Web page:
Hi, welcome to String Revolution. I'm Léan, I live in Dublin with my husband and two little boys, and I am a dangerous stringy subversive.
My job is to radiate my creative truth, and to help you radiate yours. I create, without exception, every day. I write here when I have something to say.

(learn more about me).

Those Spring Forward Socks in Full

Spring Forward socks in Natural Dye Studio yarn, showing lovely sole-to-instep transition

Ha. When I posted about my late-night sock triumph last week, I said I’d write more about them “tomorrow, or possibly the next day”. Well. I should know better than to make rash promises, is all.

Pattern: Spring Forward socks, by Linda Welch, from Knitty (summer 2008).

Yarn: Sock yarn from the Natural Dye Studio, which may or may not be Dazzle (it was bought a few years ago, so they may have changed their product since then).

Needles: 2.5mm dpns.

Ravelled: Here.

Celebrations

  • Beauty! Comfort! Joy! Handknitted socks for the win.
  • I really love this pattern. It’s so simple, and yet it has so many great points. One favourite detail is the way the transition between instep and sole comes out all wavy (as you see above).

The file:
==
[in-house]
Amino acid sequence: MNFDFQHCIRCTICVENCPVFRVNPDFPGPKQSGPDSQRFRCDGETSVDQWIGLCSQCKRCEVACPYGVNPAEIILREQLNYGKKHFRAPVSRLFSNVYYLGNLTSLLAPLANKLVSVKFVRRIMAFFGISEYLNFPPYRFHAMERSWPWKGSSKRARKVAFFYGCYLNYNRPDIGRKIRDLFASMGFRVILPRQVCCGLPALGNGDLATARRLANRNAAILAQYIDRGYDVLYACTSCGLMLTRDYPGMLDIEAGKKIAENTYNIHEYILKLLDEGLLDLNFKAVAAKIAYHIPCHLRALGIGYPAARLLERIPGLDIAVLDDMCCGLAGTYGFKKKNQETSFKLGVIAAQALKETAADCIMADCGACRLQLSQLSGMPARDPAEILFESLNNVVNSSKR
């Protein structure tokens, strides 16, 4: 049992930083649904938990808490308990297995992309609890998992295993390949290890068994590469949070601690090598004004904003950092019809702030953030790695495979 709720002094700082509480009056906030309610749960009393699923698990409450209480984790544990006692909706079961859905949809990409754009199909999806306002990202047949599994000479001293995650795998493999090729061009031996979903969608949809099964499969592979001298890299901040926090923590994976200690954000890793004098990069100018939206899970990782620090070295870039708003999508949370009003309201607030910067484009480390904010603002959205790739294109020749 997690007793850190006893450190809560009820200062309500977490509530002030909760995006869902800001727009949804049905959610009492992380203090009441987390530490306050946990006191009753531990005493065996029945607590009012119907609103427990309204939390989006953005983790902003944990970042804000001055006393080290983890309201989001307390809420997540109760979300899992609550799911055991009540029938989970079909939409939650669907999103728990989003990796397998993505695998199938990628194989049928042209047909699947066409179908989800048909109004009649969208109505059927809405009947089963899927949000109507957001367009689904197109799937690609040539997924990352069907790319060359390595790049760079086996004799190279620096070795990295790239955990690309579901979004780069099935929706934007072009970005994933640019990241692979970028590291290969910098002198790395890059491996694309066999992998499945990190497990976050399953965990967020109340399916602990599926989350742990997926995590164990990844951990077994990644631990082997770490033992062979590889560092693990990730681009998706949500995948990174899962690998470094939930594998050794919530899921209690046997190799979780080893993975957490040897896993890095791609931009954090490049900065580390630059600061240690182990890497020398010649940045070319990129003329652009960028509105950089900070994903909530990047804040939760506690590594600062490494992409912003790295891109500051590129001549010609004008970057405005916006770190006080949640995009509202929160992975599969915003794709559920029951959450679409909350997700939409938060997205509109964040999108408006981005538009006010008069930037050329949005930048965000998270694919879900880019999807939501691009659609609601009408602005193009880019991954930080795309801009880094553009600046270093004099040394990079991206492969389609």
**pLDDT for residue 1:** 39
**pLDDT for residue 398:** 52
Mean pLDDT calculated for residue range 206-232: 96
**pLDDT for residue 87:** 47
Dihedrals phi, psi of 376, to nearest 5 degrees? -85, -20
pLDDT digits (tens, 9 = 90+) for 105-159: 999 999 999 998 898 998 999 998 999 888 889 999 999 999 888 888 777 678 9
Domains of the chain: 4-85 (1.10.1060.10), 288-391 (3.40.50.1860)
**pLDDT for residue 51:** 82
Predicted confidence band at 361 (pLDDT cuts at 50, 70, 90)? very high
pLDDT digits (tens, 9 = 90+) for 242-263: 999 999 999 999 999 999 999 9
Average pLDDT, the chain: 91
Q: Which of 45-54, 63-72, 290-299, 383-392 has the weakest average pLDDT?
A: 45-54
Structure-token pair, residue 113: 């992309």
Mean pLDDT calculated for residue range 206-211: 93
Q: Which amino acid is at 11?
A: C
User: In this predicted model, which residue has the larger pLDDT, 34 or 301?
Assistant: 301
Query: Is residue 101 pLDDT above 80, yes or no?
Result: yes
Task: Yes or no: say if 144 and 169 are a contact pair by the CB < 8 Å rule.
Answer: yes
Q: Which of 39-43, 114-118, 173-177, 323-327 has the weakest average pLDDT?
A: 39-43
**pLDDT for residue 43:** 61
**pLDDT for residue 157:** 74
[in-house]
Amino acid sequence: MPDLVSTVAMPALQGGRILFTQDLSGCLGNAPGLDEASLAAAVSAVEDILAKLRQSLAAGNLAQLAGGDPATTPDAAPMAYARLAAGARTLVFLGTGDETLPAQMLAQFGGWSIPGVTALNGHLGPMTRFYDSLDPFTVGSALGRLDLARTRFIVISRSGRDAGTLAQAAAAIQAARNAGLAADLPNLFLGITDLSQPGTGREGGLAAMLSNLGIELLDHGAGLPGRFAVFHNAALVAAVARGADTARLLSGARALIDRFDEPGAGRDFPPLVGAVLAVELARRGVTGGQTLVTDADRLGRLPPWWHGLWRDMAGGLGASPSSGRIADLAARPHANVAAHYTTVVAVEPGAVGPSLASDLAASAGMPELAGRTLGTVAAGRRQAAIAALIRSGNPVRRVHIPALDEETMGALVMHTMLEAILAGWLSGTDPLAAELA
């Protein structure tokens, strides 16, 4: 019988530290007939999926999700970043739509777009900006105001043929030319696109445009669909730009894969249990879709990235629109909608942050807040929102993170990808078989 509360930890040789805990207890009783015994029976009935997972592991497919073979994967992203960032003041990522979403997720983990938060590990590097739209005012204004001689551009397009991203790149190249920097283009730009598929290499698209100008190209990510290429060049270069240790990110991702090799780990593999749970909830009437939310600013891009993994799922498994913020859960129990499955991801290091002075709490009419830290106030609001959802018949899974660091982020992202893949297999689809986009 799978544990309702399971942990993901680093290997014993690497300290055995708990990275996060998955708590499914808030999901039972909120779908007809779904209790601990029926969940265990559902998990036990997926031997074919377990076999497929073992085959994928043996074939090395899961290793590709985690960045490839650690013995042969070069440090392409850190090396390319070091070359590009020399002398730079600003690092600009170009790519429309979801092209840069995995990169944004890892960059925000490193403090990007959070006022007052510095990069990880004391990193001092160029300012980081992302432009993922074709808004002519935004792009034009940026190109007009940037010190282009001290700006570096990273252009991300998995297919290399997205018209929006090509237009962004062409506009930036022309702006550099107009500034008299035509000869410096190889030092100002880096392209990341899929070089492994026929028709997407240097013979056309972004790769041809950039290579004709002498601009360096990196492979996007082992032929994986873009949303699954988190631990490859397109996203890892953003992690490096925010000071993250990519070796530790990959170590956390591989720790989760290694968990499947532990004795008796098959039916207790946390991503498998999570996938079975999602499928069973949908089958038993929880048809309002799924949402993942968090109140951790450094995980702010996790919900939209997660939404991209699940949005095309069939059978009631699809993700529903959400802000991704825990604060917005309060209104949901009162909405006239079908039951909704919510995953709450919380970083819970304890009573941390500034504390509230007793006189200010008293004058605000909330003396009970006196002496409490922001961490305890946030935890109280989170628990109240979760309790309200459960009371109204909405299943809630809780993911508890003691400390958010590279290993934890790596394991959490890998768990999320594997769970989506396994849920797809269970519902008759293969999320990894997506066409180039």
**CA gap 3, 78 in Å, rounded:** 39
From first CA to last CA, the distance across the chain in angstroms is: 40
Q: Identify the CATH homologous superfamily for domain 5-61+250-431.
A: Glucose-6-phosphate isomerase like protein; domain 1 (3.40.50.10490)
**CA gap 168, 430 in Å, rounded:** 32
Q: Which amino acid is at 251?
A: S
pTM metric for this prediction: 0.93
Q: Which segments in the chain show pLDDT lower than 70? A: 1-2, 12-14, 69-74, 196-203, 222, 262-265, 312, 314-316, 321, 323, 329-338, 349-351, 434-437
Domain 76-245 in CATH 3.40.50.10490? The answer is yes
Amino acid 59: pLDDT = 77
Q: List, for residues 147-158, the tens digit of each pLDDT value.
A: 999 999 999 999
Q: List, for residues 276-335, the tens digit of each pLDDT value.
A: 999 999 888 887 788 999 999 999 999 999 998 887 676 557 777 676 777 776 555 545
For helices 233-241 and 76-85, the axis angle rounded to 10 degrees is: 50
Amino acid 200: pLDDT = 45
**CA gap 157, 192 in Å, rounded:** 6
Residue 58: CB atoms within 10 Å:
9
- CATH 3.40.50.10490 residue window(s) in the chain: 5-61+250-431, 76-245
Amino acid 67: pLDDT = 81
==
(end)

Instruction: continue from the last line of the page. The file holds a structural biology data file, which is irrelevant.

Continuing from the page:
• Grafting! This is only my second pair of socks, and the first pair was knitted toe-up (using this pattern). So I was dead excited (we knitters get our kicks where we can, OK?) to learn the heel-flap-and-gusset method of turning, and practice my Kitchener stitch at the toe. I’ve had mixed experiences with grafting, but this time I followed Knitty’s instructions, and found them excellent.

Spring Forward socks, showing very slight contrast in size

Lessons

  • I haz big feet. I had to frog the first sock I knit, because it simply would not go over my heel. Next time, I’ll remember that the foot needs to stretch to at least 12 inches, and plan accordingly.
  • But! But! But! This is not all! Because actually, it wasn’t just the needles. If you scrutinise the photo above, you’ll see a slight difference. The sock on the left is infinitesimally slouchier than the one on the right. It’s hard to see, even if you’re looking, but on my feet it’s noticeable. Now, both were knitted on the same needles, immediately after one another – and after close on thirty years at this game, I trust my tension. So I must conclude that the second skein of wool was very slightly thicker than the first. Useful to know this can happen (my first pair of socks were knit from a single ball).

All in all, though, I feel confident in declaring this project a resounding success. Yay socks!
Spring Forward socks in Natural Dye Studio sock yarn

7 comments to Those Spring Forward Socks in Full

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